A 9-year-old autistic boy (Miko Hughes) deciphers the most sophisticated cipher system ever known. He looks at a word game in a puzzle magazine, and while the sound track emits quasi-computeristic beeping noises, he figures out the code concealed there, and calls the secret phone number, causing two geeks in a safe room to leap about in dismay. Bruce Willis plays an FBI agent who tries to protect him from less benevolent federal agents out to kill the child. Here are the two most obvious problems that sentient audiences will have with the plot. (1) Modern encryption cannot be intuitively deciphered without a key. And (2) if a 9-year-old boy can break your code, don't kill the child; kill the programmers.

Augusta Village, Masters, Evans and Regency.

PRIMARY COLORS (****, R)

The movie resonates with its parallels to the lives of Bill and Hillary Clinton, but it's a lot more than a disguised expose. It's a superb film -- funny, insightful and very wise about the realities of political life. John Travolta and Emma Thompson, as a presidential candidate and his wife, preserve a certain distant mystery; the movie sees them through the eyes of their aides, including characters played by Adrian Lester, Billy Bob Thornton and Kathy Bates -- whose dynamo "dust-buster" is an Oscar-caliber performance.

Augusta Village, Aiken Mall, Masters and Evans.

RIDE (R)

Melissa De Sousa, Malik Yoba, Cedric The Entertainer, Snoop Doggy Dog and Luther Campbell star in this hip hop comedy. The plot loosely focuses on a group of young rappers who set off for Miami to appear in a music video.

Regency Mall.

TITANIC (****, PG-13)

This 194-minute, $200 million film of the tragic voyage is in the tradition of the great Hollywood epics. It is flawlessly crafted, intelligently constructed, strongly acted and spellbinding.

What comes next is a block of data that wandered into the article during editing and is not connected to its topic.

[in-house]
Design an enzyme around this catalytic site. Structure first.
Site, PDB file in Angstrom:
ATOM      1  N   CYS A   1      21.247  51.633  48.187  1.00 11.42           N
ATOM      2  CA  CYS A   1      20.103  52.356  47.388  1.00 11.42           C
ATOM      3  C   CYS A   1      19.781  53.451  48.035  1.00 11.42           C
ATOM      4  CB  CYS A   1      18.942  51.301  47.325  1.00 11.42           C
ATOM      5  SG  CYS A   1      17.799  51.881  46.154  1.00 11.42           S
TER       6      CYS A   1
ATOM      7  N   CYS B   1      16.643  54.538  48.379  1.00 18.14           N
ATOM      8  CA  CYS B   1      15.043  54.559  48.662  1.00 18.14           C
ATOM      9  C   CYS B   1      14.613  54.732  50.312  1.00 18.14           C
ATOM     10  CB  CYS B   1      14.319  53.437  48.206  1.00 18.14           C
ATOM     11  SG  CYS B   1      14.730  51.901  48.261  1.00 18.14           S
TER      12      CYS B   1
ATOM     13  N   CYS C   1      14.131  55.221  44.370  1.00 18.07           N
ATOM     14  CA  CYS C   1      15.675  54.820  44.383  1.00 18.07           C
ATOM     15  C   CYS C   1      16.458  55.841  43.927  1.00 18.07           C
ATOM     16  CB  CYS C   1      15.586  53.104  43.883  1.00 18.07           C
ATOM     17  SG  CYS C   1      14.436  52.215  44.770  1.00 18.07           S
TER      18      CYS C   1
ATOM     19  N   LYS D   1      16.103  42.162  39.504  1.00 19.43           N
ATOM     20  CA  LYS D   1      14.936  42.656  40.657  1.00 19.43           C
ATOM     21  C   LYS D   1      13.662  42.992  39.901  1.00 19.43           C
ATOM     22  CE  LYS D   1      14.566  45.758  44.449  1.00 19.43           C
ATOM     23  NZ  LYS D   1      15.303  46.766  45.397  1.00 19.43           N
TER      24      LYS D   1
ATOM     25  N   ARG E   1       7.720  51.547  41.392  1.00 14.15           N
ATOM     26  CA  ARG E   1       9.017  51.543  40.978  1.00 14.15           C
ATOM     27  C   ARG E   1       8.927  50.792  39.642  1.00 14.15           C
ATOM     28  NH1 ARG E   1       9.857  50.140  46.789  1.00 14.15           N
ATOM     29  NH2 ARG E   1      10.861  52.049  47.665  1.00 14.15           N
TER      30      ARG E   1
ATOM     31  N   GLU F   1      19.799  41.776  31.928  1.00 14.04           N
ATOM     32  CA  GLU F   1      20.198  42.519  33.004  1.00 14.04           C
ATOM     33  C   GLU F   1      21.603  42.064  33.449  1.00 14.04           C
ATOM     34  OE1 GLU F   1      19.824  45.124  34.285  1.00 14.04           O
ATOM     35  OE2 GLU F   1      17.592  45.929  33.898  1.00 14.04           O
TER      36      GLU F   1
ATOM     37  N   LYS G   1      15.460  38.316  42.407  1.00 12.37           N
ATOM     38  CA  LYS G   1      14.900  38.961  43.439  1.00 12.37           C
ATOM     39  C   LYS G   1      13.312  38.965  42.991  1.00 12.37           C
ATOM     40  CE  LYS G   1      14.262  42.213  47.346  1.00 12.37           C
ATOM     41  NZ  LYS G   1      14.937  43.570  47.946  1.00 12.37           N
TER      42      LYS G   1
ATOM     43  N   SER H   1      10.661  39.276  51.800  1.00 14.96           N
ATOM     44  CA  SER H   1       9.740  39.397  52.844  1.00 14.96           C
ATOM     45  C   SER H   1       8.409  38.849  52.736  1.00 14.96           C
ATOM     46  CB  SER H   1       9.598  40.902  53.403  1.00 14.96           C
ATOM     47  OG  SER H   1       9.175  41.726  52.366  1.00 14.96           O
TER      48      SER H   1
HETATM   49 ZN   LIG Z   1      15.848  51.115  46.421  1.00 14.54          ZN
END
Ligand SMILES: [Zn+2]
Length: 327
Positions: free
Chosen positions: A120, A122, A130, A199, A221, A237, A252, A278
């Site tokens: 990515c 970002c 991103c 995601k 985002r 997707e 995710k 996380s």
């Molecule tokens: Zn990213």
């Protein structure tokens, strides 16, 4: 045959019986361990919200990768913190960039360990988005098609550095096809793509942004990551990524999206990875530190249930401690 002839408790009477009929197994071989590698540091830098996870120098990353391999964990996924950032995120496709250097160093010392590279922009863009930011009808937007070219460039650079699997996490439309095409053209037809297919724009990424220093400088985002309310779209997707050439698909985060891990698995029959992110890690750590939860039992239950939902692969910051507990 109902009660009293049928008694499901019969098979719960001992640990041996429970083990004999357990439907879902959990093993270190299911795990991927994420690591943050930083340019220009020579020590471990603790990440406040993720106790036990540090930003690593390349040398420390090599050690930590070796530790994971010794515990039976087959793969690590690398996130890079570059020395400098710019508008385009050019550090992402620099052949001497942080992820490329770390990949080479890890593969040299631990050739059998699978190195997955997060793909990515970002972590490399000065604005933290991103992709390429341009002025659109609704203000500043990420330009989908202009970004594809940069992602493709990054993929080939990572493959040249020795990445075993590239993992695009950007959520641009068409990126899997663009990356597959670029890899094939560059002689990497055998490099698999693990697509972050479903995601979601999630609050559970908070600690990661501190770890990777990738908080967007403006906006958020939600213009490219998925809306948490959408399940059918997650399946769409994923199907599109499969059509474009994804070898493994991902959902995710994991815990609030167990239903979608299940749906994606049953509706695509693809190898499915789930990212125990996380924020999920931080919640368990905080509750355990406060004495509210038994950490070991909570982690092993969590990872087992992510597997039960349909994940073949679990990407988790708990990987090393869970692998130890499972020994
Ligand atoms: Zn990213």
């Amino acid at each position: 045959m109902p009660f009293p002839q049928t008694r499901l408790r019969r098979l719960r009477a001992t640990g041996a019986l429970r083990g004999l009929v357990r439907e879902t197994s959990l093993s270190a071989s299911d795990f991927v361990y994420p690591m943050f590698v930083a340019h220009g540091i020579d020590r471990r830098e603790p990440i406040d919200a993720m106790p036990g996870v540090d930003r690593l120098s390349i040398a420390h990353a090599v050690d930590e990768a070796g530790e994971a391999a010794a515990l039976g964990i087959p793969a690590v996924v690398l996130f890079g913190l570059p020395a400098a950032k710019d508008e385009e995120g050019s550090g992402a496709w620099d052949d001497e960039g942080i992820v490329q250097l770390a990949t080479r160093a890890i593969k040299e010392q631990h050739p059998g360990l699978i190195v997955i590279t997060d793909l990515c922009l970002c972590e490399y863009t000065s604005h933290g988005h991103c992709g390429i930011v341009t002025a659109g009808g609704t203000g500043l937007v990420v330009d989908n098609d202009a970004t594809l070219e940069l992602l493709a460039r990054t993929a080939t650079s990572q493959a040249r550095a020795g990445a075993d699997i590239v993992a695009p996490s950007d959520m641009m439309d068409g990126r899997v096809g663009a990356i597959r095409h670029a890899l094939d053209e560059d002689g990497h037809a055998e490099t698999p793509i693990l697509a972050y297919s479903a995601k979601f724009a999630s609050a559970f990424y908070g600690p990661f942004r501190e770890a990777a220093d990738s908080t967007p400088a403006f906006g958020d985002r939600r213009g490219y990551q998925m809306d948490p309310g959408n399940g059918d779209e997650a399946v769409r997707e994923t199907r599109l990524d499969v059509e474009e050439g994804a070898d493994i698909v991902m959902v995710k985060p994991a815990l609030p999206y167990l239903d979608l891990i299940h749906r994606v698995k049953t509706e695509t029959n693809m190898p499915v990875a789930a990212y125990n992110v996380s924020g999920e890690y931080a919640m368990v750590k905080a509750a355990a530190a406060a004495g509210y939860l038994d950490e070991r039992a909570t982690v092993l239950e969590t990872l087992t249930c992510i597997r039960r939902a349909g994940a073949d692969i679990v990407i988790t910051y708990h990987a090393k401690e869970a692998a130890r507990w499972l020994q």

Masters, Evans and Augusta Village.

U.S. MARSHALS (** 1/2 , PG-13)

Tommy Lee Jones is back in the role that won him an Oscar for The Fugitive. As Marshal Sam Gerard, he pursues another innocent man wrongly accused. Wesley Snipes is the fugitive.

Augusta Village and Aiken Mall.

WILD THINGS (***, R)

Neve Campbell solidifies her standing as the queen of slick exploitation, in a three-way collision between a soft-core sex film, a soap opera and Florida noir. After a rich kid (Denise Richards) accuses a high school teacher (Matt Dillon) of raping her, Ms. Campbell's character says she was raped, too. But is there more to the story? Kevin Bacon is the local cop, and Bill Murray is hilarious as a storefront lawyer, in a film that combines a lurid trash plot with sneaky satire.

Augusta Village and Evans.

Budget theaters

HARD RAIN (*, R)

A small town is flooded and abandoned, except for an armored car driver (Christian Slater) who tries to hide cash from a local gang (led by Morgan Freeman). Minnie Driver is the girl who becomes Mr. Slater's sidekick, and Randy Quaid is the sheriff.

Columbia Square.

MOUSE HUNT (PG)

Kind of like Home Alone 3, but with a mechanical mouse creating the mayhem.

Columbia Square and Mark Twin.

SPHERE (* 1/2 , PG-13) --

A giant spacecraft is found on the floor of the Pacific Ocean, and a team is assembled to descend and study it. The team includes psychologist Dustin Hoffman, mathematician Samuel Jackson and biologist Sharon Stone, with Peter Coyote in command of the Navy's undersea habitat.

Columbia Square.

SPICE WORLD ( 1/2 -*, PG)

The Spice Girls are easier to tell apart than the Mutant Ninja Turtles, but that is small consolation. What can you say about five women who are so detached they can't even successfully lip-sync their own songs.

Columbia Square.

WAG THE DOG (****, R)

A lashing satire that invites us to see international crises as the playthings of political need. When the president is trapped in a sex scandal, a spin doctor (Robert De Niro) hires a Hollywood producer (Dustin Hoffman) to help him concoct and market a phony war -- to draw attention away from the president's troubles and cast him in a heroic light.

Columbia Square.

THE WEDDING SINGER (*, PG-13) --

CREDIT: At least in the 1930s they knew this plot was goofy. In the dumbed-down 1990s we have to sit through the same inane material played sincerely. Adam Sandler plays a wedding singer who falls in love with a waitress (Drew Barrymore), although they're both involved with other people who are wrong for them. They avoid happiness for most of the movie, although not as successfully as we do.

Mark Twin.

Theaters

Aiken Mall,

300 Eastgate Drive, 641-0000.

Augusta Village,

Bobby Jones Expressway at Wrightsboro Road, 860-4990.

Columbia Square Cinemas,

4020 Washington Road, 863-3366.

Evans 12 Cinemas,

Belair Road at Washington Road, 869-1269.

Masters 7 Cinemas,

2824 Washington Road, 736-4444.

Regency Exchange 8,

2870 Regency Blvd., 790-7460.

Mark Twin Cinemas,

124 Newberry St. S.W., Aiken, (803) 641-4758.